at 11:39 am on Sat, Aug 25, 2012Posted by B Arnold

Mr. Cleveland has done a good job of tactfully commenting on the problems with the proposed legislation.  The legislative changes made in 2005 severely curtailed the benefits provided to injured workers and did not result in long term cost savings to employers and insurance carriers.  The new proposals will likely further decrease benefits to injured workers and again drive long terms costs higher for employers and insurance carriers.

at 10:19 am on Mon, Aug 27, 2012Posted by Greg Wilson

Working Class: SB 863 (DeLeon).

Charles Cleveland: Nothing in SB 863 grants insurance carriers new rights to “regulate” insurance carriers. SB 863 does, however, dramatically improve overall MPN quality and responsiveness. Two quick examples: MPN’s will be required to employ medical assistance staff to help workers navigate the network, and an expedited hearing process will quickly answer questions around an MPN’s ability to treat a given worker. The bill doesn’t fail to address skyrocketing medical cost containment expenses, it attacks them head on by first eliminating 1 of 2 utilization reviews currently associated with treatment disputes. Then, through IMR, SB 863 ends the insurer’s current ability to force endless medical treatment delays by gaming the QME/AME process. The PD benefit increase isn’t “taken away” by eliminating DFEC and the add-ons, our $750 million increase dwarfs all of these added together and then some. What’s taken away is endless, needless litigation and delays that keep workers from needed treatment and permanent disability compensation. Older workers and low wage workers, along with EVERY category of worker, see a massive benefit increase as a result of this bill.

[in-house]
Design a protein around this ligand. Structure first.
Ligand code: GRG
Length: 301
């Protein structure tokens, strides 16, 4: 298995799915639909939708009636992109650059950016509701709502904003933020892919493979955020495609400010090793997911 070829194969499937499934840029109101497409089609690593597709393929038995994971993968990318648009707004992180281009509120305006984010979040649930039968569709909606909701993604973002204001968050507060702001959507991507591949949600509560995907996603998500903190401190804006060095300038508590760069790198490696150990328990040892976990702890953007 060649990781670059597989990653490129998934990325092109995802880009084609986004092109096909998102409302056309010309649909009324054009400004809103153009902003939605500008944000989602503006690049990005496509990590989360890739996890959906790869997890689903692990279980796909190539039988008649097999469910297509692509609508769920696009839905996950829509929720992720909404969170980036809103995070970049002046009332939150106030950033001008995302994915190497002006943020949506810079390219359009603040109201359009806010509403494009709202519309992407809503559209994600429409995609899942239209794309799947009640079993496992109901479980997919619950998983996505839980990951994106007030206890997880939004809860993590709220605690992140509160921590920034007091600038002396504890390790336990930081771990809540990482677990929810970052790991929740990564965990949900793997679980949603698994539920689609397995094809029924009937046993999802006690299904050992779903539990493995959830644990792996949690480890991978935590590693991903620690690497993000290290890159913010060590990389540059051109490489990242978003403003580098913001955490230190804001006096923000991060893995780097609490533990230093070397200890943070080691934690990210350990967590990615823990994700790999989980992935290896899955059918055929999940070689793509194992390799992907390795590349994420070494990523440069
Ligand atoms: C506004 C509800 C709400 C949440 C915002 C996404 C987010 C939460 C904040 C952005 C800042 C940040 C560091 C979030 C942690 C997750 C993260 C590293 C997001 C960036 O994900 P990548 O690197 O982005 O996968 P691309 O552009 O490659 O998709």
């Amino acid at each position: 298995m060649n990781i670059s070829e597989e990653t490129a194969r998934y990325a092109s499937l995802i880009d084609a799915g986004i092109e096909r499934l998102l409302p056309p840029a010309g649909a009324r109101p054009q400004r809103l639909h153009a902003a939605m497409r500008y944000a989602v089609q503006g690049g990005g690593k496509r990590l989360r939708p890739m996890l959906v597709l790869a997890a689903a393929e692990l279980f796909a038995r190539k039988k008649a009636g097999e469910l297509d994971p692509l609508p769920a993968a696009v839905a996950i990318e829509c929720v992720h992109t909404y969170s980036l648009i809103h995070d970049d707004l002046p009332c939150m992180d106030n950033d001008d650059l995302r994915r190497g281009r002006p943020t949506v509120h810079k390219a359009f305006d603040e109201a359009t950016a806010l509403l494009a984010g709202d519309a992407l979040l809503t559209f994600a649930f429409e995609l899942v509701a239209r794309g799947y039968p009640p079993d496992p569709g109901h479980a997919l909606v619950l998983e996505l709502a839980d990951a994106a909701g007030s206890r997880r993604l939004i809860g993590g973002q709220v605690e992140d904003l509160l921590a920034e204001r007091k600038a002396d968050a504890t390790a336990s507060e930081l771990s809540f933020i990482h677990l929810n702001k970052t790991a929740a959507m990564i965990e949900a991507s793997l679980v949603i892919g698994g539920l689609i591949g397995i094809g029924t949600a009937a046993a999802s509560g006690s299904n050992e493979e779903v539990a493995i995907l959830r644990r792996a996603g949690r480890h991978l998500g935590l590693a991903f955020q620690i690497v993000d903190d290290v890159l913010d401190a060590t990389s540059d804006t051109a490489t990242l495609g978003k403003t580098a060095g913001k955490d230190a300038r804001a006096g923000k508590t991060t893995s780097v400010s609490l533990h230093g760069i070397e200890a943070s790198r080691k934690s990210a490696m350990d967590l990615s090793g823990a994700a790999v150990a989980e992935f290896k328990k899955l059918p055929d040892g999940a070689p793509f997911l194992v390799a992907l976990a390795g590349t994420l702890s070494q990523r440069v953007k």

B Arnold: It’s too bad you think a $740 million benefit increase is “crazy,” we think it’s justified and necessary. And we’re not alone: the broad based employer coalition with which we negotiated—and exhaustively vetted—the bill agreed. We’ve been negotiating this bill for about 4-5 months. In addition, most of the major provisions represent reform ideas analyzed in depth by CHSWC, the RAND corporation and others over recent years. We don’t believe a one size fits all definition of permanent disability is appropriate, given the wide variety of workers and broad range of workplace injuries. Nearly every provision in this bill is designed to—and analysts confirm will—reduce uncertainty and litigation.

Greg Wilson: SB 863 will, again, increase benefits to injured workers by $740 million. SB 863 will sharply reduce immediate costs for insurers and employers and even more dramatically reduce long term costs associated with litigation, friction and delays.

 

at 8:34 pm on Mon, Aug 27, 2012Posted by Mitch Seaman